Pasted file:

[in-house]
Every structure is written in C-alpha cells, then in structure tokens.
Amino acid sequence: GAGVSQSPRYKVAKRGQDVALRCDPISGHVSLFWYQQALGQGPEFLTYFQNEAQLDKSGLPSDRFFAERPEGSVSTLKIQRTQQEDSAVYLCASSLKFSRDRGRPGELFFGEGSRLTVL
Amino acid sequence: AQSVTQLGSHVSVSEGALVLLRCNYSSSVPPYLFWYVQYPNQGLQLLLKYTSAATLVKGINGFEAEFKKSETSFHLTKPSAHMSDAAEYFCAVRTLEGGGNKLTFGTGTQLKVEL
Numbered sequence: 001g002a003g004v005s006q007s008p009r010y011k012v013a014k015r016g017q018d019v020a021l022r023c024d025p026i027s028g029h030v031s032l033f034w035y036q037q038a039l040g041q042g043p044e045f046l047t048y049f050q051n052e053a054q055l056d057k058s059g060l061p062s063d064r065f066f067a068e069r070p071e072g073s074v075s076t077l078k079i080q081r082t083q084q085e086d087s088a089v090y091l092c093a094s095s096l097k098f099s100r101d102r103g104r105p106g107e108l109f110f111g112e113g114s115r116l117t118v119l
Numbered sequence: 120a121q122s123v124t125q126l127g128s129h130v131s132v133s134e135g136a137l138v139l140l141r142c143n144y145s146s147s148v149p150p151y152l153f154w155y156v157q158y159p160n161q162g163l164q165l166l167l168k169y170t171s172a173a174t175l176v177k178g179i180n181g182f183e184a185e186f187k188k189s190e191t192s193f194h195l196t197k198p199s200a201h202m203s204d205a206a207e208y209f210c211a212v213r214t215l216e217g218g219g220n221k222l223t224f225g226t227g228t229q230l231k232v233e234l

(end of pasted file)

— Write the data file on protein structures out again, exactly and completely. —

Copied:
[in-house]
Every structure is written in C-alpha cells, then in structure tokens.
Amino acid sequence: GAGVSQSPRYKVAKRGQDVALRCDPISGHVSLFWYQQALGQGPEFLTYFQNEAQLDKSGLPSDRFFAERPEGSVSTLKIQRTQQEDSAVYLCASSLKFSRDRGRPGELFFGEGSRLTVL
Amino acid sequence: AQSVTQLGSHVSVSEGALVLLRCNYSSSVPPYLFWYVQYPNQGLQLLLKYTSAATLVKGINGFEAEFKKSETSFHLTKPSAHMSDAAEYFCAVRTLEGGGNKLTFGTGTQLKVEL
Numbered sequence: 001g002a003g004v005s006q007s008p009r010y011k012v013a014k015r016g017q018d019v020a021l022r023c024d025p026i027s028g029h030v031s032l033f034w035y036q037q038a039l040g041q042g043p044e045f046l047t048y049f050q051n052e053a054q055l056d057k058s059g060l061p062s063d064r065f066f067a068e069r070p071e072g073s074v075s076t077l078k079i080q081r082t083q084q085e086d087s088a089v090y091l092c093a094s095s096l097k098f099s100r101d102r103g104r105p106g107e108l109f110f111g112e113g114s115r116l117t118v119l
Numbered sequence: 120a121q122s123v124t125q126l127g128s129h130v131s132v133s134e135g136a137l138v139l140l141r142c143n144y145s146s147s148v149p150p151y152l153f154w155y156v157q158y159p160n161q162g163l164q165l166l167l168k169y170t171s172a173a174t175l176v177k178g179i180n181g182f183e184a185e186f187k188k189s190e191t192s193f194h195l196t197k198p199s200a201h202m203s204d205a206a207e208y209f210c211a212v213r214t215l216e217g218g219g220n221k222l223t224f225g226t227g228t229q230l231k232v233e234l